One person caught up in this mess is homeless millionaire Alan Fantin. That’s right, a homeless millionaire.  Fantin has a net worth in the millions but he has had trouble getting accessing it for years. He has been under a conservatorship that was created thirty years ago after a car accident left him with a severe head injury and partial paralysis.

He owns a house which is mostly paid off. But right now it’s ridden with black mold and there are squatters in the basement who don’t pay rent and won’t leave. And Fantin hasn’t been allowed near the house since he was arrested last month and charged with assaulting his live-in girlfriend. His pre-trial monitoring says he can’t come within one-mile of his alleged victim’s residence, which is also his home, or it it was.

On top of all that he is currently engaged in a legal tussle with the guy who controls his funds, a court-appointed conservator named Scott Christian. Christian was appointed in early 2015. Since then the two have battled constantly over financial matters, ranging from the amount of Fantin’s cable bills to his marijuana use. Christian has described Fantin’s weed smoking as a “substance abuse habit.”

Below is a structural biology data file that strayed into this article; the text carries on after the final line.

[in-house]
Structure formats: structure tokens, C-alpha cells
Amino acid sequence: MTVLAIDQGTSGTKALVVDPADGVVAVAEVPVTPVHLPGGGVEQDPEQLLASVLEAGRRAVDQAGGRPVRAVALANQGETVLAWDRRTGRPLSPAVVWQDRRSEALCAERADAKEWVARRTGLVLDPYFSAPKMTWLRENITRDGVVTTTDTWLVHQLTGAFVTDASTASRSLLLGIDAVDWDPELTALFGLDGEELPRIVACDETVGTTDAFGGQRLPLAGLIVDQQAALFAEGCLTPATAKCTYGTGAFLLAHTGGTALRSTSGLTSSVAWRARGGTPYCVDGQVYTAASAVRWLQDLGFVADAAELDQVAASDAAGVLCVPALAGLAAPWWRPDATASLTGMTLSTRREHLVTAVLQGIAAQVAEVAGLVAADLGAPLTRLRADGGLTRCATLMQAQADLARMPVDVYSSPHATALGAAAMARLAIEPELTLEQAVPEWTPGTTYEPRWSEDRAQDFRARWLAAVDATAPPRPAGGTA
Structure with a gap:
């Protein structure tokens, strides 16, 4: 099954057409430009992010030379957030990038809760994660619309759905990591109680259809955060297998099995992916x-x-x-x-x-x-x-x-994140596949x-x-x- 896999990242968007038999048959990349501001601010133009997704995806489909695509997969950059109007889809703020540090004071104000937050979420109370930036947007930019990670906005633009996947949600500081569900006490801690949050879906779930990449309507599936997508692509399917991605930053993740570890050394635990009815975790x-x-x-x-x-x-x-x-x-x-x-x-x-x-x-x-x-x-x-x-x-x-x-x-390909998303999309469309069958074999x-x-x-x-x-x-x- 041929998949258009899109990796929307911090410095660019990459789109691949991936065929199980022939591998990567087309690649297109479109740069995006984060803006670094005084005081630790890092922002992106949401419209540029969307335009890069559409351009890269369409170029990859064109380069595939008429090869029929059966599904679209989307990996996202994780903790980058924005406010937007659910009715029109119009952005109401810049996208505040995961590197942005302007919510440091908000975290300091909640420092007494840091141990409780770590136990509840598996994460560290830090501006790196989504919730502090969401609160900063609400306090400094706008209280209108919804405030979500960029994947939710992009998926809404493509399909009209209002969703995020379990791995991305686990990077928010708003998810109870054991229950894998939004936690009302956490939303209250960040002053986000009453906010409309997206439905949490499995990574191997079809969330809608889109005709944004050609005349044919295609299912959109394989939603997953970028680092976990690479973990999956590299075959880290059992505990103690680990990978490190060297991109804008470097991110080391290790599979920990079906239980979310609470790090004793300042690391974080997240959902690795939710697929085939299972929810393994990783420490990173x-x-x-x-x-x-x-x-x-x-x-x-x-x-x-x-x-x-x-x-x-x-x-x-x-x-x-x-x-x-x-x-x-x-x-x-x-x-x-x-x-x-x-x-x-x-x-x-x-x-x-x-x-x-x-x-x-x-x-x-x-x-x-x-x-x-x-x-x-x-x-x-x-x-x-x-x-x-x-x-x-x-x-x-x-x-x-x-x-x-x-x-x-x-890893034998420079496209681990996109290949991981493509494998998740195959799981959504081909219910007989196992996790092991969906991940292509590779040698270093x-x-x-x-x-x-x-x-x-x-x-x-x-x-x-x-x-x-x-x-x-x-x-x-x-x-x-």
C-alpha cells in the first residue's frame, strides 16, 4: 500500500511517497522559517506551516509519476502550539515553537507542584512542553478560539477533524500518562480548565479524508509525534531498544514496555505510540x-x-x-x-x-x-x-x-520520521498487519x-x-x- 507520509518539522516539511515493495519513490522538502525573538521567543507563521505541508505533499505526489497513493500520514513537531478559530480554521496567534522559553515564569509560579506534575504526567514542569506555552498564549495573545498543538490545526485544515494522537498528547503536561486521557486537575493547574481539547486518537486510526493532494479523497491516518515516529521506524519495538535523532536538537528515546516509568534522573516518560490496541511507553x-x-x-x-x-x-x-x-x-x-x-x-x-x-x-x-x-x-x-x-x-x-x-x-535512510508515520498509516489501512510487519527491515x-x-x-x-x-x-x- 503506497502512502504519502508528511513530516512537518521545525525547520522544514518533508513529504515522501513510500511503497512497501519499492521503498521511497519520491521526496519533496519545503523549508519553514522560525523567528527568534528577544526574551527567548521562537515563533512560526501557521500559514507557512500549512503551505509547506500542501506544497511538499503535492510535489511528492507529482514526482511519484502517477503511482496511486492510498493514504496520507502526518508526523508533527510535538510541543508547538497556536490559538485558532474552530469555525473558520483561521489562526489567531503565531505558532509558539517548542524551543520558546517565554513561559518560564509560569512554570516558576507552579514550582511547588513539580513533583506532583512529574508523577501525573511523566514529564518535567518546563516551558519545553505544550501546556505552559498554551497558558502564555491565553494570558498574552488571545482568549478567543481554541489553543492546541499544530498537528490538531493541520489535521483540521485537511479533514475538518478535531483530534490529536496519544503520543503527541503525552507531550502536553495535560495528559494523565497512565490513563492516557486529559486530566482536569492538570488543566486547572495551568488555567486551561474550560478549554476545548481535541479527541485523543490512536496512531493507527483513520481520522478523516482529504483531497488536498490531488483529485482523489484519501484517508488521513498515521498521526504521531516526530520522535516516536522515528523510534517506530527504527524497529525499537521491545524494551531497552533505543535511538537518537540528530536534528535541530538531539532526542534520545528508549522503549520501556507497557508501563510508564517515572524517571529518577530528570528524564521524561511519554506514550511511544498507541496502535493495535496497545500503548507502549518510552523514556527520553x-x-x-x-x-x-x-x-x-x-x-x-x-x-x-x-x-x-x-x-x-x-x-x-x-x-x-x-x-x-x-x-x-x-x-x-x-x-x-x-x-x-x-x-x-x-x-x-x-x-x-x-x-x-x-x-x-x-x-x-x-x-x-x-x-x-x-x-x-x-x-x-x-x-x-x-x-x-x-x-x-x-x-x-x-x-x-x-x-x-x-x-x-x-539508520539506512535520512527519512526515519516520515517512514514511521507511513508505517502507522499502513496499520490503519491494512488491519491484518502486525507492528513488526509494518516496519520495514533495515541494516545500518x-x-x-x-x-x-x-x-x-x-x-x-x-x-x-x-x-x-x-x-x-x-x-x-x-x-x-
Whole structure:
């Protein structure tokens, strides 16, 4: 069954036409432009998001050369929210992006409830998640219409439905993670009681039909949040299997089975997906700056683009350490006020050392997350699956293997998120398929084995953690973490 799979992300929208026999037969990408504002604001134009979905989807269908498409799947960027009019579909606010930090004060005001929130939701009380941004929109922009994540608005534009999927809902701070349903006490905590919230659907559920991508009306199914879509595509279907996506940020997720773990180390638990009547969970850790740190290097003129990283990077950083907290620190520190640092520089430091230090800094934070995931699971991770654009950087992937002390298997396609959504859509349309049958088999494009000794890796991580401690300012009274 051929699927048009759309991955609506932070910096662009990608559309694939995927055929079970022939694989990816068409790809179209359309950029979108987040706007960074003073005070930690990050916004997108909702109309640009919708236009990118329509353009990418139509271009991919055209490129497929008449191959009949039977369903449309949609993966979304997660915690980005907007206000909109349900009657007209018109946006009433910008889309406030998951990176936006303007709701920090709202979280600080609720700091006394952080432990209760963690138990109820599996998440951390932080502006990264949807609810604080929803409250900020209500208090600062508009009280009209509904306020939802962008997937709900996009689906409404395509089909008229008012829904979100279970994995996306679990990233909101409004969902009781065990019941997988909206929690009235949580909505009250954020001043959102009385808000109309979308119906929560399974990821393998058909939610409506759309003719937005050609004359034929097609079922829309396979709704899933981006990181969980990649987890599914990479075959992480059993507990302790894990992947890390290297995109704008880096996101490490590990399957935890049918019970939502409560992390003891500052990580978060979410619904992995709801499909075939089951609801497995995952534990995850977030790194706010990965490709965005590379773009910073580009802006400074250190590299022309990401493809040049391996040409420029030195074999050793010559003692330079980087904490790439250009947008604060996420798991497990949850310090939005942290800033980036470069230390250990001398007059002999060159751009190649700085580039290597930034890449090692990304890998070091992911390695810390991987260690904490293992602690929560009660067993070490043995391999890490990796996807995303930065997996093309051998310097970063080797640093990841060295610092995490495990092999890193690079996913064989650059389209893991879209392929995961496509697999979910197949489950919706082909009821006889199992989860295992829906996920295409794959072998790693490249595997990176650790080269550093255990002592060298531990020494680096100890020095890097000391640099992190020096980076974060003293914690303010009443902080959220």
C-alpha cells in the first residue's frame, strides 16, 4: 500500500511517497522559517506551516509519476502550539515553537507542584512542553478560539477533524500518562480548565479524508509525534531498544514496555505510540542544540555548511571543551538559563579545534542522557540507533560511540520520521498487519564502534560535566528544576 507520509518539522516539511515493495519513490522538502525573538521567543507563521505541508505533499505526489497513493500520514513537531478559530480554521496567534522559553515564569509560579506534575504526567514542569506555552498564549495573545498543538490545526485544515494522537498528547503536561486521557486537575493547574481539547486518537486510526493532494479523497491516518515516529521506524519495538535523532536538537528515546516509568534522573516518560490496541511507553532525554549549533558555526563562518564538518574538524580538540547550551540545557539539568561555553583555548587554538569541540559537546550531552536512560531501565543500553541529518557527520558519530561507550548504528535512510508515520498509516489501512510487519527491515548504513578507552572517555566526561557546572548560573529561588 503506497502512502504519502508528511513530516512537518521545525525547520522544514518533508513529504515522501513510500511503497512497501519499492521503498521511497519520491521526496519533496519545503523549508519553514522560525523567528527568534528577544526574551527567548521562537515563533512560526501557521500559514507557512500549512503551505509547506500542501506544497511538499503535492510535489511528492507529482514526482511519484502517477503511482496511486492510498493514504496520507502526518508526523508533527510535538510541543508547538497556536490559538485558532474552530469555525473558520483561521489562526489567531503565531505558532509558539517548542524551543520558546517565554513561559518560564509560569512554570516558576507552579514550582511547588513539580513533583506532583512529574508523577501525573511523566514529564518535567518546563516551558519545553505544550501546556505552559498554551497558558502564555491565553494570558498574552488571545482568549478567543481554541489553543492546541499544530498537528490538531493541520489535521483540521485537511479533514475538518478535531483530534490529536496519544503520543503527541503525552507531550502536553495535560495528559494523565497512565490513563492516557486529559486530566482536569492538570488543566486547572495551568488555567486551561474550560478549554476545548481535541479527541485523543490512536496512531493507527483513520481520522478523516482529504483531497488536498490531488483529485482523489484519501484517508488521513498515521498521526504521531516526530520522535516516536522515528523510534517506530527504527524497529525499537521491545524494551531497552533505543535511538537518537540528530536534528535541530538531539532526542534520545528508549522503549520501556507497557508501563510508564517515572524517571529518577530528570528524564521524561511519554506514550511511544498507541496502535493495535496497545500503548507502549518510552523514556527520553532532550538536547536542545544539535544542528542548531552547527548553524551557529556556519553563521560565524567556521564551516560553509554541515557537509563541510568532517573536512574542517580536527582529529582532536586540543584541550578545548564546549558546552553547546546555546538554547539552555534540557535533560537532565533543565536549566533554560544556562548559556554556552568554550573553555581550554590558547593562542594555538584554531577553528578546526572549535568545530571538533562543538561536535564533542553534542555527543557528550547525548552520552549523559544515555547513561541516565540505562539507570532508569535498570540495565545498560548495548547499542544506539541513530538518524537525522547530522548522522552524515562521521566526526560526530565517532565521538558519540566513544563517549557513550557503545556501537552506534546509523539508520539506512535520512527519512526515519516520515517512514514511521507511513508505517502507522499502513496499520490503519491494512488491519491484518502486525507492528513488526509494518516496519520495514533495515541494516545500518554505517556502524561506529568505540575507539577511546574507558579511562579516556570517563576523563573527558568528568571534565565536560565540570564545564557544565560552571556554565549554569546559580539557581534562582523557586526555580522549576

Fantin has had a license to use marijuana for medical purposes since 2001.

In a report in Westword, Fantin says the weed helps him with the seizures he’s bee experiencing since his accident. “When I run out of pot, my seizures are more aggressive and they tend to last longer.”

Westword also reports

…Christian refused to provide any funds for his lodging after he was banned from his house; directed him to use a public defender in his domestic-violence case rather than hire his own attorney; threatened to cut off his phone if he continued to complain; and has been less and less responsive to Fantin’s pleas for help even as his firm’s fees for the conservatorship have steadily increased.

The case offers a rare glimpse behind the closed doors of probate court, where a professional cadre of attorneys, care managers, estate administrators and others are entrusted with guarding the interests and funds of some of society’s most vulnerable people. In many instances, they may be doing just that, protecting the elderly, the sick, the mentally or physically disabled from unscrupulous relatives or neighbors — and sometimes protecting them from themselves.

It’s a fascinating story which we suggest you read. Homeless Millionaire Alan Fantin Wants His Day in Probate Court